RICHMOND, Va. -- A group of local historians and artists have planted giant historical markers in front of several Confederate statues along Richmond’s Monument Avenue.
The anonymous group, named “History is Illuminating,” discovered their markers outside the Stonewall Jackson memorial and Matthew Fontaine Maury memorial ripped out of the ground.
“Someone wanted Richmond to stop learning about our history,” the group posted on Instagram Friday morning.
Crews removed the Jackson and Maury bronze statues on Wednesday and Thursday respectively. The statues are among the first of 11 Confederate statues and cannons that Mayor Levar Stoney promised to take down in the city beginning on July 1.
One side of the historical marker included details about the Confederate statues. The other side depicted information about Black Richmonders who lived during the same time period.
Two markers remained standing outside the Gen. Robert E. Lee Statue, as well as one in front of the J.E.B. Stuart Statue in the grassy median. Another is posted near the Jefferson Davis memorial.
Bennette Burks, who lives nearby, first noticed the plaques on Wednesday.
“I learned about the first Black woman physician in Richmond, which I thought was interesting,” he explained. “I hope the one removed is replaced.”
Jeffrey Rykard, who helps run the Richmond Action Alliance table near the Lee statue, said visitors from across the country have stopped to read the messages.
Stephanie Arduini, Director of Education for the American Civil War Museum in Richmond, said visitors are increasingly interested in learning about the monuments.
“Some of this history is not new to those of us who are familiar with the story, but we’ve been excited to see the traction the markers are getting in the community. For a lot of folks in the general community these stories are new,” she explained.
Arduini said she is not part of the group, but knows a few of the members.
She said some of information on the markers was gathered and used during the Monument Avenue Commission. That information was posted on the website OnMonumentAve.com, which was collected by colleagues at the American Civil War Museum, Virginia Museum of History and Culture, Library of Virginia and Valentine Museum in Richmond.
During public hearings held by the commission in 2017 and 2018, some Richmonders argued that no context nor markers should be placed at the Confederate statues at all and be left as is.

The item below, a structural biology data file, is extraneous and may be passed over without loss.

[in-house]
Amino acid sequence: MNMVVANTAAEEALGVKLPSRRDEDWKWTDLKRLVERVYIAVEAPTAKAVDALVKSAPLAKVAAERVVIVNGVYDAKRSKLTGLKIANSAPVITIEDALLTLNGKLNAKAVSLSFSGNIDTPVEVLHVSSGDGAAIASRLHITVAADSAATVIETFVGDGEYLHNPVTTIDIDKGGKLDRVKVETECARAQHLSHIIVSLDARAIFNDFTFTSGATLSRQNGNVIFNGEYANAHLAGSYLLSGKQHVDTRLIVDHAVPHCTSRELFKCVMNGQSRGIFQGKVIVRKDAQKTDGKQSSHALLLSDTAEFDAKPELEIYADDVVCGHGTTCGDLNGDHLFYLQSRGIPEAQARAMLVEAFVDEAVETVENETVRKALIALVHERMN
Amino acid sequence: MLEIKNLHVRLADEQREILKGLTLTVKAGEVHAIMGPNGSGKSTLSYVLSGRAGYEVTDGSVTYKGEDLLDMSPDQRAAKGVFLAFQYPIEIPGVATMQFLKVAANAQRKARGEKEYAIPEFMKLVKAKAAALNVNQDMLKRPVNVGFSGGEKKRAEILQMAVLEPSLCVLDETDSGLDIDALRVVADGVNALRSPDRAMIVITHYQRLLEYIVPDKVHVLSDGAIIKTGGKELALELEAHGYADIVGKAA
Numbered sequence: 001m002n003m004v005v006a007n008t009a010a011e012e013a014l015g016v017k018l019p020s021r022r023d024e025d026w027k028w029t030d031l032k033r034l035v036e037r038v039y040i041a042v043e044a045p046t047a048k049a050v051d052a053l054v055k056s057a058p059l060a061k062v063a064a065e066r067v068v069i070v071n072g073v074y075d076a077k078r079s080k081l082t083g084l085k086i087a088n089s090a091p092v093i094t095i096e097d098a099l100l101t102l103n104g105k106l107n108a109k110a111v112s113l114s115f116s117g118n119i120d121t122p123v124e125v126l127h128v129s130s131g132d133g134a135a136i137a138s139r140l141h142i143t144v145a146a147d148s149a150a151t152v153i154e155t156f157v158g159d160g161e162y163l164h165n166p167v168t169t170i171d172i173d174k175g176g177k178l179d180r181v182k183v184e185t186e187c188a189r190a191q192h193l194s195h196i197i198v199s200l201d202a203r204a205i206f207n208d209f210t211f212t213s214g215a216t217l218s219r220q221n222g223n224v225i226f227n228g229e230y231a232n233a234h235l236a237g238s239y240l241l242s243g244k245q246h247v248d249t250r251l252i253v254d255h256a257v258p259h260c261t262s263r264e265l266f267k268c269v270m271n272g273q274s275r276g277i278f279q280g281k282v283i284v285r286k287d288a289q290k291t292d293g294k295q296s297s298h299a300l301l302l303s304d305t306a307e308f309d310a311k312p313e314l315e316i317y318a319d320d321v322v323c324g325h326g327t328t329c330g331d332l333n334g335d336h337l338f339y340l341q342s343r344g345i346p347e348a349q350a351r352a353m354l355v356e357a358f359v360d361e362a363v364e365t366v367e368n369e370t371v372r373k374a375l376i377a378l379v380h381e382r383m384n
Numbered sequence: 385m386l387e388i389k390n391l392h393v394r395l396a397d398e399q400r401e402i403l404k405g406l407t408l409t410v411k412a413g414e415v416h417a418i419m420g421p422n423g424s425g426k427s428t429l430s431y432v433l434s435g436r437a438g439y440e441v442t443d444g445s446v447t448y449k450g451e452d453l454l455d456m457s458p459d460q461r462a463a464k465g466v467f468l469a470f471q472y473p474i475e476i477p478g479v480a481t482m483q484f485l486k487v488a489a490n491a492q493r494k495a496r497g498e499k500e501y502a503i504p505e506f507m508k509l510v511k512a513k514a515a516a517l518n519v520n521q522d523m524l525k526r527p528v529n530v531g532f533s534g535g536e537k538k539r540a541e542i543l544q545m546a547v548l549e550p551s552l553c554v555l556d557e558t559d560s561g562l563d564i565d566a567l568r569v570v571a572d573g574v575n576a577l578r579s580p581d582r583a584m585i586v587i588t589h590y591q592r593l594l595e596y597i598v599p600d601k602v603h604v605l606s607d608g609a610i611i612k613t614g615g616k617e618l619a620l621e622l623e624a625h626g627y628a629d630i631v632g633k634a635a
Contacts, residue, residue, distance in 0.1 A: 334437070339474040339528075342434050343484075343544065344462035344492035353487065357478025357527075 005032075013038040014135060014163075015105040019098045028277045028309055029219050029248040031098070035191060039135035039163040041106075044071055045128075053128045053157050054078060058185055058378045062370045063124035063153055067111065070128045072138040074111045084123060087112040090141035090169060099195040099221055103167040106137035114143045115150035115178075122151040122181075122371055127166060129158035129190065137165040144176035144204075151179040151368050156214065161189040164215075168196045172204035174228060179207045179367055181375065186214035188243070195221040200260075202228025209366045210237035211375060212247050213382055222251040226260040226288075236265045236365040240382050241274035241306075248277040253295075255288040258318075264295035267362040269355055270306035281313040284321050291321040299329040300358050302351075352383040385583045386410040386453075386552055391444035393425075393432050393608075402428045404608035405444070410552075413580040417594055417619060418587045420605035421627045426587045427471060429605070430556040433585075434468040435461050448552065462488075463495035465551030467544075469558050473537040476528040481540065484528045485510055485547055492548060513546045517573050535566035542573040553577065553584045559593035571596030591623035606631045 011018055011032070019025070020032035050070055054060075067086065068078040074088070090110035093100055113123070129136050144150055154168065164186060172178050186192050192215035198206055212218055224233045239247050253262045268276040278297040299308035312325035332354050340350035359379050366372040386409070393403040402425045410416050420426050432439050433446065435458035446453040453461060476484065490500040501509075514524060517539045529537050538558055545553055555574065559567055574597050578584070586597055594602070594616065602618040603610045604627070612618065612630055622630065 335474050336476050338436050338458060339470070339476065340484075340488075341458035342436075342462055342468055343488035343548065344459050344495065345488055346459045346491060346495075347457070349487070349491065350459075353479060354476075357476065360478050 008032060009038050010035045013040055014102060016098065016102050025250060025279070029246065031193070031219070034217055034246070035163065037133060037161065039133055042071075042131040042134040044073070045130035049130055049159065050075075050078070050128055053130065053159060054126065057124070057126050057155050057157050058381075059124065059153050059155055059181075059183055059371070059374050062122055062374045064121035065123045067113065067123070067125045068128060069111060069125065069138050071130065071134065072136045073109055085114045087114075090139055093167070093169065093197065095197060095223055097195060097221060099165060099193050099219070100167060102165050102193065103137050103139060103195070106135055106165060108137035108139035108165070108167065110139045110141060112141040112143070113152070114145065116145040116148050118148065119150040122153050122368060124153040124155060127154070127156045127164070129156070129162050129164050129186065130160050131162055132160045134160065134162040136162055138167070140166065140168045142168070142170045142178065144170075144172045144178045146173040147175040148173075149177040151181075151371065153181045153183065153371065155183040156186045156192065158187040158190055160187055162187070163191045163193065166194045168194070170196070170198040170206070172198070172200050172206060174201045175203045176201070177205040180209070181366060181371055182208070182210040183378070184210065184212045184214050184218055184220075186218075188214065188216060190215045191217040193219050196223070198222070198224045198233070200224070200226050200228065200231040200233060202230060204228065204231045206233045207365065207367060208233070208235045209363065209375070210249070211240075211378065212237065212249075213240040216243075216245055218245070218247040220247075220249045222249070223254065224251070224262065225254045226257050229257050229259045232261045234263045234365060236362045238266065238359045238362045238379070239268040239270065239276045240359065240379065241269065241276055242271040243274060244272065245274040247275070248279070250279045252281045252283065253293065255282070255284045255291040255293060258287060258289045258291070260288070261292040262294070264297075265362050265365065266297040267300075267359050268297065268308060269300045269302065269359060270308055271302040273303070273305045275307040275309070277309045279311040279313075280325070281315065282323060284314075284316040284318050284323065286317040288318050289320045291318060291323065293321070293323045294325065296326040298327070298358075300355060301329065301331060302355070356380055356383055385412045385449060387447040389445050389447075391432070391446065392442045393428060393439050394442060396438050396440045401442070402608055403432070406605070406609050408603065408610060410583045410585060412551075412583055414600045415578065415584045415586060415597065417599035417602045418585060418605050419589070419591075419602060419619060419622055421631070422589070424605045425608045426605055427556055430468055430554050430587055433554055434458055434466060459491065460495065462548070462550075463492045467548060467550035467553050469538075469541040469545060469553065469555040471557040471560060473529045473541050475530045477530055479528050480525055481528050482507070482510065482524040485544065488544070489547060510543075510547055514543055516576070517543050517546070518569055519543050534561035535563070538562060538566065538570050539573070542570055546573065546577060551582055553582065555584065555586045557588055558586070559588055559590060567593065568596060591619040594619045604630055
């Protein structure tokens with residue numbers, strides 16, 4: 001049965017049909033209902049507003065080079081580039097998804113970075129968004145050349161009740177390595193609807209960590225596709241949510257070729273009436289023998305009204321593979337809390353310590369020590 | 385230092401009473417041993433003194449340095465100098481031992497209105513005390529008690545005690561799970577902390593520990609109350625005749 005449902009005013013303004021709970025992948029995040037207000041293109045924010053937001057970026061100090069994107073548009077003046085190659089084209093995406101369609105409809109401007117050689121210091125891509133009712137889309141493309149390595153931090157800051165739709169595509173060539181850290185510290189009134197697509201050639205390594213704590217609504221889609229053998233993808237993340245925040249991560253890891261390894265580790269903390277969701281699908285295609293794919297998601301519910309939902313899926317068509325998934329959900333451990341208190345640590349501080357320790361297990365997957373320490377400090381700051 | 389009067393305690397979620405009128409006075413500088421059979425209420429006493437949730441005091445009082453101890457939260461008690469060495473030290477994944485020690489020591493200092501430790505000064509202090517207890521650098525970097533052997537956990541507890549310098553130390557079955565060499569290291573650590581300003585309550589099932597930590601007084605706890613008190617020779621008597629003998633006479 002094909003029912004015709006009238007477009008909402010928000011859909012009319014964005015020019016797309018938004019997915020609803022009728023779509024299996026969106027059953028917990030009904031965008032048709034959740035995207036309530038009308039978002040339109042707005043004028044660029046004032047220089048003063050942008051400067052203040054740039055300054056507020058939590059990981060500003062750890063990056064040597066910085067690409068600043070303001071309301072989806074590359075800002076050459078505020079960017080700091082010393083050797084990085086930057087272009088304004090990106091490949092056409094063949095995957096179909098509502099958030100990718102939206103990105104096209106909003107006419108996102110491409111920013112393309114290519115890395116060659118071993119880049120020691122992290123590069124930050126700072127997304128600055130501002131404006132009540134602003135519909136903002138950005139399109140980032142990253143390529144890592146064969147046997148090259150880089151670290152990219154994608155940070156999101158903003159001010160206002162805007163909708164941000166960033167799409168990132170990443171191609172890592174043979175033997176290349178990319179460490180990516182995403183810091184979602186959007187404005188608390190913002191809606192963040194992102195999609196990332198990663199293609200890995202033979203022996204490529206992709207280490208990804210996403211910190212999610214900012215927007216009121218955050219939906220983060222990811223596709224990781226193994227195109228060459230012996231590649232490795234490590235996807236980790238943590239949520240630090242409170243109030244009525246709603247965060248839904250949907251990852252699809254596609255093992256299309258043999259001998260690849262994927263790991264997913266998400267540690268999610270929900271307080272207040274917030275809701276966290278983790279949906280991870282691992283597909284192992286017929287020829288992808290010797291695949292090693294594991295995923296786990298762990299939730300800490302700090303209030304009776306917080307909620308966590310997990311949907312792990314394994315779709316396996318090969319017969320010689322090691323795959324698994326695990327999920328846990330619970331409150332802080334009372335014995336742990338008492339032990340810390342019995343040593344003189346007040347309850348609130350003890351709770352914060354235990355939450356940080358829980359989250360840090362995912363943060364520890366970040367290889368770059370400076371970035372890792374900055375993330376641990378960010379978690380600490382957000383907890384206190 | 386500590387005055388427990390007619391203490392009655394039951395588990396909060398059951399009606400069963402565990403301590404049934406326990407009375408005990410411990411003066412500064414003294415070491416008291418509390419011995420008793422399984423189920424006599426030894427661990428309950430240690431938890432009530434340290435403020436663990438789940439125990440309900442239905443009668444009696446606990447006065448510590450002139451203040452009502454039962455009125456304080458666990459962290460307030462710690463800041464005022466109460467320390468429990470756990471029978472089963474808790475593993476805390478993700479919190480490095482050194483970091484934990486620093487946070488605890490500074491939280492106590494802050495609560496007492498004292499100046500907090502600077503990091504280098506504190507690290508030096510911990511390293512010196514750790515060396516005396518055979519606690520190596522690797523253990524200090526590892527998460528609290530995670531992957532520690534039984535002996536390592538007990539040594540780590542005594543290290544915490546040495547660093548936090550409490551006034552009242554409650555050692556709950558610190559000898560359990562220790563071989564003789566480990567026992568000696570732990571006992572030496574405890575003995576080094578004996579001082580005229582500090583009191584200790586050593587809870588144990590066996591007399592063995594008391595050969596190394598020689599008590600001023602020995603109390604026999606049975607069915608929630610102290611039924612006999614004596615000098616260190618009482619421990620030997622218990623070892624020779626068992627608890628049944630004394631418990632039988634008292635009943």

"History is Illuminating" promised to replaced the markers that were taken down.
“It goes to show how we mark our past on our landscape matters,” Arduini stated.
In a phone conversation with two of the organizers, they said they started planning on erecting the markers about a month ago. Collectively 20 to 30 people helped design, pay for, and install the markers.
The organizers, who wanted to remain anonymous, said the markers were installed while the Jackson statue was being removed from the pedestal.
The group is made up of a blend of black and white people, who represent all genders, gender identities, and sexual orientations, according to the organizers.
Some in the group differ on whether they believe the Confederate statues should stay up, but agreed that the entire story of Monument Avenue wasn't being told.
The organizers said while they did not get permission from the city to put the markers up, they did research where it was safe to dig.
"We feel like the 'Lost Cause' narrative is a part of the true story but only a small part of it. It's a thread of a much larger textile of the world we are going through," they said. "It's important to look back and explore all the narratives and reassess who our heroes are."
Gibson Print on South Laburnum Avenue printed "zines" detailing more about the markers. StudioTwoThree on West Clay Street helped design and distribute the copies that are placed below the markers.
A Richmond Police spokesman referred CBS 6 to the Mayor’s Office when asked for a comment on Friday.
When asked if there is an investigation regarding who put the markers up and if there are any plans to take them down, a spokesman with the Mayor's Office replied, "No. And no."